Uncertain fate of new bus transportation model  

Published: November 30, 2017 22:28:56 | Updated: December 03, 2017 21:39:42


That execution of many important decisions is individual-centric in this country has again come to the fore. The move to introduce new buses under 'company system' in Dhaka city has thus remained stalled because of the absence of Dhaka North City Corporation (DNCC) mayor. The mayor has been undergoing treatment in a London hospital for quite some time. A report published in this paper Tuesday last said the process of introducing new buses under a restructured route-chart has been kept in abeyance, because of absence of follow-up moves by the relevant parties. The new transport business model involving the bus operators in the private sector is aimed at easing the clumsy and chaotic movement of buses in Dhaka city. The incumbent DNCC mayor took the initiative in 2016 at the directive of the Prime Minister.

The Dhaka Transport Coordination Authority (DTCA), the agency responsible for carrying out negotiations with bus operators and transport workers, has reportedly withdrawn itself from the planned negotiations, fearing 'political interference'. The absence of the mayor is said to be the main reason behind such a retreat. This might then lead to 'abortion' of the pious initiative to streamline the city's messy public bus transportation system. The commuters have to bear with lots of sufferings due to an almost unregulated public bus service. The initial meetings held between a number of stakeholders, including bus owners, and the DNCC mayor raised the hope of a positive outcome. This was because the bus owners did reportedly endorse at that time the proposal to form six separate bus companies to operate buses in Dhaka city to be divided into six business divisions.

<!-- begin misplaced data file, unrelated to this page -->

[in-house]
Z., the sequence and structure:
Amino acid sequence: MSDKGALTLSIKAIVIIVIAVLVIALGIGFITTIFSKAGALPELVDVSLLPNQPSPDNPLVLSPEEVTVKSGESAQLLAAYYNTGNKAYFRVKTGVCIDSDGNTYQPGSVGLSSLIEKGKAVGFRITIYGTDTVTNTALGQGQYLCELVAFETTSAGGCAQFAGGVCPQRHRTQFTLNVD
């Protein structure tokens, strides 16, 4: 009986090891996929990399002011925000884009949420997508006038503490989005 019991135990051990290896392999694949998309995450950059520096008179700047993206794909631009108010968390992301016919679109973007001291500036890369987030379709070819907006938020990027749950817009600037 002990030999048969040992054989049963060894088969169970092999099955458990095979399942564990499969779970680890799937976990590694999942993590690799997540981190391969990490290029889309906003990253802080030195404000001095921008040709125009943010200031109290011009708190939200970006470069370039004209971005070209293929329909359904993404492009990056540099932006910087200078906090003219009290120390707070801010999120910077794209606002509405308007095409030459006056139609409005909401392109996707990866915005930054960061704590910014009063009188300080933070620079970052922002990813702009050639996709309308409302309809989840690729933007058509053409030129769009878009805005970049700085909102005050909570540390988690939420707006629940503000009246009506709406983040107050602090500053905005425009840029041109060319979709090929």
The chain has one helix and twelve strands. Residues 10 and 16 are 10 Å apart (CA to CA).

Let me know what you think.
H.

The initial positive response to the initiative, that too from bus owners and also workers whose 'unions' are otherwise considered to be beyond any control, was a major achievement on the part of the DNCC mayor. But further progress in relation to the proposed city bus transportation business model has remained suspended. The DTCA, as the latest developments indicate, is not enough confident now about pursuing the negations in any effective manner in the absence of the mayor. Moreover, the agency reportedly does not have funds to carry out its bus route rationalisation works. It used to source funds earlier from the Bus Rapid Transit (BRT) Project, funded by the World Bank. The project is now closed.

The initiative for rationalising the routes under the proposed operation of a business model for bus service, if executed properly, would help streamline the city's transport system and thus reduce sufferings of the commuters to a great extent. But the fate of the move remains now largely uncertain. The DNCC mayor, backed by strong support from the highest authority of the government, demonstrated his strong personal commitment to the initiative. That is obviously not favoured by the vested interests in the transport sector. The government should not allow the initiative to meet such a premature death. In the absence of the mayor, it should give someone else the authority to hold negotiations with all the stakeholders and try to make the move successful. The DTCA should also get necessary funds for doing its part of the job.

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